Classic Adventure: Riding the Triumph Scrambler 1200 XE

Photo credit: Wesley Reyneke / ZA Bikers

By now, it’s generally accepted that any new motorcycle labelled a ‘scrambler’ is simply a modern classic that’s styled like a vintage dirt bike. Sure, when we were all kids a scrambler was a Yamaha DT or a Honda XR… but those are called ‘enduros’ now. Try to keep up.

Scrambler is now an aesthetic thing—a homage to the Californian desert sleds of the 60s. And most modern scramblers only have a tiny measure of off-road capability. Tiny in the sense that, if you put the right tyres on one, you can cruise along a gravel road at a moderate pace.

Photo credit: Wesley Reyneke / ZA Bikers

But the Triumph Scrambler 1200 XE walks a higher path. With it, Triumph have done something extremely gutsy—they’ve built a modern classic with pukka dirt bike chops. In fact, it’d be more accurate to call the Scrambler 1200 a big-bore dual sport with vintage styling, than a ‘scrambler.’

The Scrambler 1200 XE ticks a whole lot of boxes straight out the gate. Styling is on point, with a classically-shaped steel fuel tank, bench seat, and high-mounted twin exhausts that look good enough not to want to replace right away. Take note of the long travel suspension, the generous ground clearance and the tubeless spoked wheels, and it’s clearly more than just a show pony.

Photo credit: Wesley Reyneke / ZA Bikers

There’s also a dirt-friendly 21” front wheel (with a 17” out back), a sump guard, and a pair of really burly hand guards. The rear frame loop and fender scream ‘vintage,’ while the feature-laden TFT display and LED lighting add modern touches. Everything feels premium to the touch, and there’s even an aluminium swing arm to give it even more of a purpose-built vibe.

Under the hood, the Scrambler’s powered by the same 1,200 cc motor as the rest of Triumph’s ‘1200’ range. It’s a peachy parallel twin with a 270-degree firing order keeping things lively. It makes 89 hp at 7,400 rpm, but more importantly, it puts out 110 Nm of torque at just 3,950 rpm.

Photo credit: Wesley Reyneke / ZA Bikers

Power’s handled by a hydraulic clutch and a six speed box, but more importantly, you get four different rider modes onboard—including an off-road specific one. ABS and traction control are standard, and the brakes are from Brembo, with twin 320 mm discs up front.

The ‘XE’ designation denotes a spec aimed at off-roading, and it shows in the Scrambler’s suspension setup. The forks are 47 mm upside-downs from Showa, and the rear shocks are from Öhlins. There’s 250 mm of travel at both ends, along with full adjustability. Triumph don’t list a ground clearance measurement, but the seat sits at a lanky 870 mm.

Photo credit: Wesley Reyneke / ZA Bikers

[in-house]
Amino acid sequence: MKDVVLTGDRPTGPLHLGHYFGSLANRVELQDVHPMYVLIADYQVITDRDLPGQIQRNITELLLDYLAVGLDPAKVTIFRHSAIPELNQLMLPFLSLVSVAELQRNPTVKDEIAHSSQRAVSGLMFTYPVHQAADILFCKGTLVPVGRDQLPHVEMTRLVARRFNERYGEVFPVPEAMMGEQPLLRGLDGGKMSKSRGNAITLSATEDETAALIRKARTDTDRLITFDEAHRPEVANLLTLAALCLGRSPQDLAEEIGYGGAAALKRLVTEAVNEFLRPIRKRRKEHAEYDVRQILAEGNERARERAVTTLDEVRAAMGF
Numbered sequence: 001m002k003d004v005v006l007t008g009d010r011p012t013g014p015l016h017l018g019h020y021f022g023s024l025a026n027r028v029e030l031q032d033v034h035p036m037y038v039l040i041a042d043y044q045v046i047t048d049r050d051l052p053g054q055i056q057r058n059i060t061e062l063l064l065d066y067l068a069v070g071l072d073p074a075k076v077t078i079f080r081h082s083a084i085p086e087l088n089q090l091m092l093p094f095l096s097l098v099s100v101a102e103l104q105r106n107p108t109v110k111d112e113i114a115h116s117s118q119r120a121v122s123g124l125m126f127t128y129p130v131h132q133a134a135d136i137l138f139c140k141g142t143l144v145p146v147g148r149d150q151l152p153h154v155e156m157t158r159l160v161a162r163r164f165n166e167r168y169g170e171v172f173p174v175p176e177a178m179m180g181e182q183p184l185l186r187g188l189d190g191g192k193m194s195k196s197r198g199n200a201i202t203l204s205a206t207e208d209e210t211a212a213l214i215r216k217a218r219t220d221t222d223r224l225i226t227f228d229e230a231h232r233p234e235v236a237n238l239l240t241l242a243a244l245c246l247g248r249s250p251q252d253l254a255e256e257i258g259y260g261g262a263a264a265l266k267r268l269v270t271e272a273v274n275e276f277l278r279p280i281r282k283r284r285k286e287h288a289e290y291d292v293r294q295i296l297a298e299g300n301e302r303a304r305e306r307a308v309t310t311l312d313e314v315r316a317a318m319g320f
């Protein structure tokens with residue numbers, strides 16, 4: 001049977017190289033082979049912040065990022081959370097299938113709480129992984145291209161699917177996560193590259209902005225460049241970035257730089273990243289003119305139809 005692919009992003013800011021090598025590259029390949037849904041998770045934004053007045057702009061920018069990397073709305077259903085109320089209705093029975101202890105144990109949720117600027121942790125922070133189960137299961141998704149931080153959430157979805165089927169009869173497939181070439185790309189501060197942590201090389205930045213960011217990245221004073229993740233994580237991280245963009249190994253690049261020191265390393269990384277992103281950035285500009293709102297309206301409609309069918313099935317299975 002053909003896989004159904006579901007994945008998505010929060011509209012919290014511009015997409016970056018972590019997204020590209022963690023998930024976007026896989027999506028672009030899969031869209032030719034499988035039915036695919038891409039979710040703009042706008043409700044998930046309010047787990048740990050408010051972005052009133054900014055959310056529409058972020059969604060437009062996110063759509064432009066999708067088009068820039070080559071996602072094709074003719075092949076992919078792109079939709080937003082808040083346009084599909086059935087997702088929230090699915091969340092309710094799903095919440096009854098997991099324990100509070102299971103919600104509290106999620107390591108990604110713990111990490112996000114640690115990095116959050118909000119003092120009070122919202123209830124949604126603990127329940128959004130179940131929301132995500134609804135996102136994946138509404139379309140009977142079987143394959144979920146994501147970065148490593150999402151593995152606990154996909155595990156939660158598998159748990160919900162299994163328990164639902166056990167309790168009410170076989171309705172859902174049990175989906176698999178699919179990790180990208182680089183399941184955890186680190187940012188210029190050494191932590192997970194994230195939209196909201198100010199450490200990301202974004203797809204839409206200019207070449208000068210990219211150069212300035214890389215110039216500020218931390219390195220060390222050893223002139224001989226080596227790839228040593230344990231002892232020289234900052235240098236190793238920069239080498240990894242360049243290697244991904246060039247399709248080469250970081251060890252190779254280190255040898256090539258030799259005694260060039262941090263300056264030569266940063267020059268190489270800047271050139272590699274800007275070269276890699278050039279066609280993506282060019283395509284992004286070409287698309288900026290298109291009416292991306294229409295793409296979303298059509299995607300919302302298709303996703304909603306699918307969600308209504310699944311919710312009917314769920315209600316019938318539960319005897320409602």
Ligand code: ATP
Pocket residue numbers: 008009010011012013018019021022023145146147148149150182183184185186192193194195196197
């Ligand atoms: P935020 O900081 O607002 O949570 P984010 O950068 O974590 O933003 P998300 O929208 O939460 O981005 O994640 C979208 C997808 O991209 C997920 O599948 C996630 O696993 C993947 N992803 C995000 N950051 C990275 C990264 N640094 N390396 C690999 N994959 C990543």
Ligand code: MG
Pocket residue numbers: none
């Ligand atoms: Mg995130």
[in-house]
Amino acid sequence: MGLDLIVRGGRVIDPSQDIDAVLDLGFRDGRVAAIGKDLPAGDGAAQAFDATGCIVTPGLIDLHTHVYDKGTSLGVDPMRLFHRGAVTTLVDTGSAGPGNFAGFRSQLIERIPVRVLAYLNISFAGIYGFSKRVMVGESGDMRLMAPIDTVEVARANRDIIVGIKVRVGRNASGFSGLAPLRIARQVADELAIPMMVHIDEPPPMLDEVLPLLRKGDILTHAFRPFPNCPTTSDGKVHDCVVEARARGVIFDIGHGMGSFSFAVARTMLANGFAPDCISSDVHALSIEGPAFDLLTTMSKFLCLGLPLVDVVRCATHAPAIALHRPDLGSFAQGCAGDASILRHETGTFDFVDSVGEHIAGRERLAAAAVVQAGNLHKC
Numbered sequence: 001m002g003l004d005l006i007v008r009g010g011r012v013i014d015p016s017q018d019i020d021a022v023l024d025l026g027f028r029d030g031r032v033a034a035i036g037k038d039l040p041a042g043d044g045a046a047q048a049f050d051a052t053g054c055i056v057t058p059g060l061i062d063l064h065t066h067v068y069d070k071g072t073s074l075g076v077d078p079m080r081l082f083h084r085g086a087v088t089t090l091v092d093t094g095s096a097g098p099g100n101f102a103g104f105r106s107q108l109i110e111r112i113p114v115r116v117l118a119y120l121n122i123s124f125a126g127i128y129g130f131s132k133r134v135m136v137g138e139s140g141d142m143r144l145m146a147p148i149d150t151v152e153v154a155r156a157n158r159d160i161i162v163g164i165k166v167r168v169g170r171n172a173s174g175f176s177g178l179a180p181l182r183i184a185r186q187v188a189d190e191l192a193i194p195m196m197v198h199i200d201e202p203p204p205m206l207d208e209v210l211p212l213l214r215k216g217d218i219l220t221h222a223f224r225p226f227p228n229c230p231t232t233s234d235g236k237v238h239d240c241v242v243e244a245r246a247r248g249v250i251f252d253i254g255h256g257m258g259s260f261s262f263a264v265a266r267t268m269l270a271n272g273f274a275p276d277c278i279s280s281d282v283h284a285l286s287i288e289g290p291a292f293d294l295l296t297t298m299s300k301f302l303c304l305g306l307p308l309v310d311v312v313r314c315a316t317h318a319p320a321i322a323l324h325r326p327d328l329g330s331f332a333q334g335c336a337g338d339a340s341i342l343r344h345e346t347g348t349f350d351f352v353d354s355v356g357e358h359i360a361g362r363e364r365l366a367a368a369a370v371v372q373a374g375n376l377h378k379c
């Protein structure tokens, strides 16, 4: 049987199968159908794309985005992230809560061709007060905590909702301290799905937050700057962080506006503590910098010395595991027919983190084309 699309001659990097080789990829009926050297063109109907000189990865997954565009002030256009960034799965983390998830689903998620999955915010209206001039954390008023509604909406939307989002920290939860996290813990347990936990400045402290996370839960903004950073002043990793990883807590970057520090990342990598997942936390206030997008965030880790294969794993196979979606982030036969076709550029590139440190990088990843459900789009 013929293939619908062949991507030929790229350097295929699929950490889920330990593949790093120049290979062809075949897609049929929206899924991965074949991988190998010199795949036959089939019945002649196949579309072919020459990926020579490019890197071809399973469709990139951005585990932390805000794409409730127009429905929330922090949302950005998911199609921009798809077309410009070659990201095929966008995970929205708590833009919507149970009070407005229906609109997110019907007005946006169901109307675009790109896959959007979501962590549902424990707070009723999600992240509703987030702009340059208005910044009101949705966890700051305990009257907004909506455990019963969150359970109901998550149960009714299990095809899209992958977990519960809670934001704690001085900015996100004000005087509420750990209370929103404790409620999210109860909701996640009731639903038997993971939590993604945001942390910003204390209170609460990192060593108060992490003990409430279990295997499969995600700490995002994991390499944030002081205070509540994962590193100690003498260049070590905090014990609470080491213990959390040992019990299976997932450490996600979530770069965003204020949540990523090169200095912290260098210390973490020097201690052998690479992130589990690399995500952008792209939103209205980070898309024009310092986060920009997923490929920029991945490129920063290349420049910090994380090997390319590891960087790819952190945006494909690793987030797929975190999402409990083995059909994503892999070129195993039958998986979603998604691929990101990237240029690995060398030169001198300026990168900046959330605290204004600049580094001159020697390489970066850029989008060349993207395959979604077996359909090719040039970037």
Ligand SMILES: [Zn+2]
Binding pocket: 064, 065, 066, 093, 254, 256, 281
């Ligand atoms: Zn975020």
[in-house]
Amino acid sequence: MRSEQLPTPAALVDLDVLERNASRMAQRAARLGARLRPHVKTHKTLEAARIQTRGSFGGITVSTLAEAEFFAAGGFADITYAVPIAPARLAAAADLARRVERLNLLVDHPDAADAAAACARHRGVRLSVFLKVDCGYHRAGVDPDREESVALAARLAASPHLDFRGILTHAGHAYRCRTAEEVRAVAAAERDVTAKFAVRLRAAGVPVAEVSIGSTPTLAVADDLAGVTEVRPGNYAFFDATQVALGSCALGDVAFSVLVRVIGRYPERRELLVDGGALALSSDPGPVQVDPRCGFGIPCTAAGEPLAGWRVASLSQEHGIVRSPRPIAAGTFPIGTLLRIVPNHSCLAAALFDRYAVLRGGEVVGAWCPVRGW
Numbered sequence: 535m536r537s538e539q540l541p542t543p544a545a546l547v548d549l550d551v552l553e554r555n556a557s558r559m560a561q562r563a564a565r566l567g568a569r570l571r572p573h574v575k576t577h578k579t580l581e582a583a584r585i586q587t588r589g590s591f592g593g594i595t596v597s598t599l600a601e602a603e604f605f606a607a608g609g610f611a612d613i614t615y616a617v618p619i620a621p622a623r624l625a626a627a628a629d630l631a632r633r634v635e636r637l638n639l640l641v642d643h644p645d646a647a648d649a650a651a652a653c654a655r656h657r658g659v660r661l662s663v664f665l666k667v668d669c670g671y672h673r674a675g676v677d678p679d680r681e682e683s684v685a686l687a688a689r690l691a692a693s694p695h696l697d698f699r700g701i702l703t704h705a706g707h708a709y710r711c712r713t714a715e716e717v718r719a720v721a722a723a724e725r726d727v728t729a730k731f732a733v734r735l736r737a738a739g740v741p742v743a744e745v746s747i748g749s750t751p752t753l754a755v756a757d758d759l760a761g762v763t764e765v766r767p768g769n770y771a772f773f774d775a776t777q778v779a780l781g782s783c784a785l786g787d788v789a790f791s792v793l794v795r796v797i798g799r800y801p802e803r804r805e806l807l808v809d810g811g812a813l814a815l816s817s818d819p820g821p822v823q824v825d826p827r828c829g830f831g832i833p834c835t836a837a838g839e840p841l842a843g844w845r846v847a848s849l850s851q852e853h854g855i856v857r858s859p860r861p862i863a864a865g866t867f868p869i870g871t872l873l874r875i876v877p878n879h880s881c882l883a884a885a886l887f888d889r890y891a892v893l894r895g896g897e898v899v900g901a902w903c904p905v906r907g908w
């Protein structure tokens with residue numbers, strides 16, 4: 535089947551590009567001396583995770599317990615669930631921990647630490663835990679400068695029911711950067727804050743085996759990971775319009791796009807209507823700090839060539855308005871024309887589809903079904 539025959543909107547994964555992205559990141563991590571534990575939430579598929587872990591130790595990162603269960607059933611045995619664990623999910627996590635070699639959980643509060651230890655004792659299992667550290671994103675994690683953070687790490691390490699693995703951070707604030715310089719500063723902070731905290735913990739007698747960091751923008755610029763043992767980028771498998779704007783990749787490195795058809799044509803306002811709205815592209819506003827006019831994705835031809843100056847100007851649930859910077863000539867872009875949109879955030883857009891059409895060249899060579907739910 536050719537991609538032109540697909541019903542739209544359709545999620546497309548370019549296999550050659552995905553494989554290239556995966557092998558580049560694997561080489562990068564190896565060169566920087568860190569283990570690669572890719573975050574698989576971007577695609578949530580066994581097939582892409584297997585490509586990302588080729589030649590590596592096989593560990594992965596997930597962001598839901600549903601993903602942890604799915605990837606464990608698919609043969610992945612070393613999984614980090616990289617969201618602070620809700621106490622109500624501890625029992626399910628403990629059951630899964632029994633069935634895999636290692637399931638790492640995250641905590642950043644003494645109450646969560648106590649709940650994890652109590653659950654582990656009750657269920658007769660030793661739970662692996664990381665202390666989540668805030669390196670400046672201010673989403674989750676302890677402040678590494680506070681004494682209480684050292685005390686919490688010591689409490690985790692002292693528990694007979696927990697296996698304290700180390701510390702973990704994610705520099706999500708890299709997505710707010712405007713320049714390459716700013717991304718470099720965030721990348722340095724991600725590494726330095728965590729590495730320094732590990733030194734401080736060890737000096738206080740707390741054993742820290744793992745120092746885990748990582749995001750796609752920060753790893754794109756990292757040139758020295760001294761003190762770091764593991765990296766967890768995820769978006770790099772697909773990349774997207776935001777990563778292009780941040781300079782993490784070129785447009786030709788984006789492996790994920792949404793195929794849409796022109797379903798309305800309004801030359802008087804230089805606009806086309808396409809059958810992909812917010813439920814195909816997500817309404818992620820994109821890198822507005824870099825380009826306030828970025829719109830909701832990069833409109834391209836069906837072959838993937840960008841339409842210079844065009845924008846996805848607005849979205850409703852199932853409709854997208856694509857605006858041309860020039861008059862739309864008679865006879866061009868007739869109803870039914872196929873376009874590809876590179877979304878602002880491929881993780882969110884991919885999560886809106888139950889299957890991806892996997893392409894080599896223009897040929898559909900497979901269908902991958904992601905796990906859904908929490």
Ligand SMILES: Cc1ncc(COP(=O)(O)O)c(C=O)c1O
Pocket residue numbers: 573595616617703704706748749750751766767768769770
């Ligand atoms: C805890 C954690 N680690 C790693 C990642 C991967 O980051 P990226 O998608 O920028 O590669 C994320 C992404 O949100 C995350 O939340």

So it sure looks like it means business—but does it have the chops to back it up? Oh yeah. The Scrambler 1200 XE pulls off a massive hat trick. It’s good both on-and off-road, blends modern and retro superbly, and is simply just a well-rounded motorcycle.

As Triumph have already proved with the rest of their 1200 classics range, that twin motor really is sweet. The Scrambler has its own engine tune, and its output that sits between the Bonneville T120 and Thruxton R. But like the Bonnie, it makes its torque low down—which is perfect for this style of bike. It launches off the mark and pulls strong through the rev range.

Photo credit: Wesley Reyneke / ZA Bikers

Triumph’s nailed the fueling and various rider modes too, although (as with most Triumphs I’ve tested), the Scrambler is jittery for the first couple of minutes in the AM. It picked up another niggle during my test too: after a while, it wouldn’t let me change rider modes while riding any more. (Hopefully, this is something a dealer could sort out with a software update).

With the Scrambler, you get ‘Rain,’ ‘Road,’ ‘Sport,’ ‘Off-Road’ and ‘Rider’ modes. Those last two are customisable, which is especially awesome if you like to tailor your bike’s behaviour to suit your riding style, particularly on dirt. The standard ‘Off-Road’ mode has a measure of traction control and front wheel ABS. But for riders that prefer full manual control (like me), it takes a minute of fiddling with the TFT display’s menus, and you can turn all that off.

Photo credit: Wesley Reyneke / ZA Bikers

It’s worth mentioning that the Scrambler’s TFT display really is a masterstroke. Rather than using a typical rectangular housing, it looks like a regular set of clocks from a distance. On-screen, everything is really neatly laid out and well-designed, and once you’re used to cycling through the various screens, there’s a ton of info at your fingertips.